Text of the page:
Further police operations underway over beheading of teacher in French


French police on Monday searched the homes of dozens of suspected Islamist militants three days after the beheading of a teacher who had shown his students cartoons of the Prophet Mohammed, the interior minister said.

The raids came a day after tens of thousands of people attended rallies nationwide to honor the slain French history teacher Samuel Paty and defend freedom of speech.

Interior Minister Gérald Darmanin said the collection of Islamist networks was designed to send a message that “enemies of the republic” would not enjoy “a minute’s respite”.

Paty was beheaded Friday outside his school in Conflans-Sainte-Honorine, in the northern Paris suburbs, by an 18-year-old man who was subsequently shot by police.

The killing sparked outrage in France and led to condemnation from President Emmanuel Macron and political parties.

80 studies in progress

Darmanin said there were about 80 hate speech investigations online in France and that he was investigating whether certain groups from the French Muslim community should be disbanded after allegations of promoting violence and hatred.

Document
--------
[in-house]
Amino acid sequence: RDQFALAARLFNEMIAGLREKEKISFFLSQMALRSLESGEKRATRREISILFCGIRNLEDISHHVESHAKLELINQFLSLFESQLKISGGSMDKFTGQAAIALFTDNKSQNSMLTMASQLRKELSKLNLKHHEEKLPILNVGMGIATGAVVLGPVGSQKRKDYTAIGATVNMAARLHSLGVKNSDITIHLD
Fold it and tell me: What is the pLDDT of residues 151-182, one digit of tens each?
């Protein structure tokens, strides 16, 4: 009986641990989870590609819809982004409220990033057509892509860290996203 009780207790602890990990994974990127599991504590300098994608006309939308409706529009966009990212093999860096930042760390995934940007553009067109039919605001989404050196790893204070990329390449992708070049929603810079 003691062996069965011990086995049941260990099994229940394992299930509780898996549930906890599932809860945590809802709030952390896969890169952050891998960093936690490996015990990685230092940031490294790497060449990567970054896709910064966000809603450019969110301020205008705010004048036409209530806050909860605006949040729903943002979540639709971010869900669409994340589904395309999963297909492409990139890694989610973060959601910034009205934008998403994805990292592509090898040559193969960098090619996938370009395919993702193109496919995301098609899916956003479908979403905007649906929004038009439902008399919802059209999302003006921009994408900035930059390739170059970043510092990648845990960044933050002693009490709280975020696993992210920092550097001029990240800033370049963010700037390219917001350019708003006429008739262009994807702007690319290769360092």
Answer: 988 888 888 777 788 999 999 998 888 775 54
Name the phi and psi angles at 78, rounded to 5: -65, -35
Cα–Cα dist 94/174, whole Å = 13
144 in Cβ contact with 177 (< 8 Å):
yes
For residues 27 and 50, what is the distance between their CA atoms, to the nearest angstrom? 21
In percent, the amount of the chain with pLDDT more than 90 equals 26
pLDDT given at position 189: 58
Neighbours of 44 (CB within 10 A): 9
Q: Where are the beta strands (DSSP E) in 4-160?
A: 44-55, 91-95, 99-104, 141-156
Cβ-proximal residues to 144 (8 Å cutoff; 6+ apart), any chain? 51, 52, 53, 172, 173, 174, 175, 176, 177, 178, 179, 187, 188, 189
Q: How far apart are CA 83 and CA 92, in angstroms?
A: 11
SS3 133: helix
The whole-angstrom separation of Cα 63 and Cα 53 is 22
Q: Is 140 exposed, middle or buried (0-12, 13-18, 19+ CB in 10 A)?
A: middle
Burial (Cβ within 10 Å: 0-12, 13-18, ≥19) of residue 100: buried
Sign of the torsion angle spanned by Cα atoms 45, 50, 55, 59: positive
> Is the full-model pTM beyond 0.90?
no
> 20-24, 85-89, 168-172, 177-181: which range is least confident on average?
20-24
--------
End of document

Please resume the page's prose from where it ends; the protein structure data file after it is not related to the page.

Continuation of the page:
“Police operations have taken place and more will take place involving tens of thousands of individuals,” he told Europe 1 radio.

A police source told Reuters late on Sunday that France was preparing to deport 231 foreigners on a government watch list on suspicion of extremist religious beliefs. It was not immediately clear if Monday’s operations were connected.

Earlier this month, Paty showed his students cartoons of the Prophet Mohammad in a class on freedom of speech and angered a number of Muslim parents. Muslims believe that any portrayal of the Prophet is blasphemous.

The attacker, who was of Chechen origin and was born in Russia, had lived in the city of Evreux northwest of Paris. He was not previously known to the intelligence services.

The killing shocked France and echoed an attack five years ago on the offices of the satirical magazine Charlie Hebdo after it published the cartoons.

( Jowharwith AFP and REUTERS)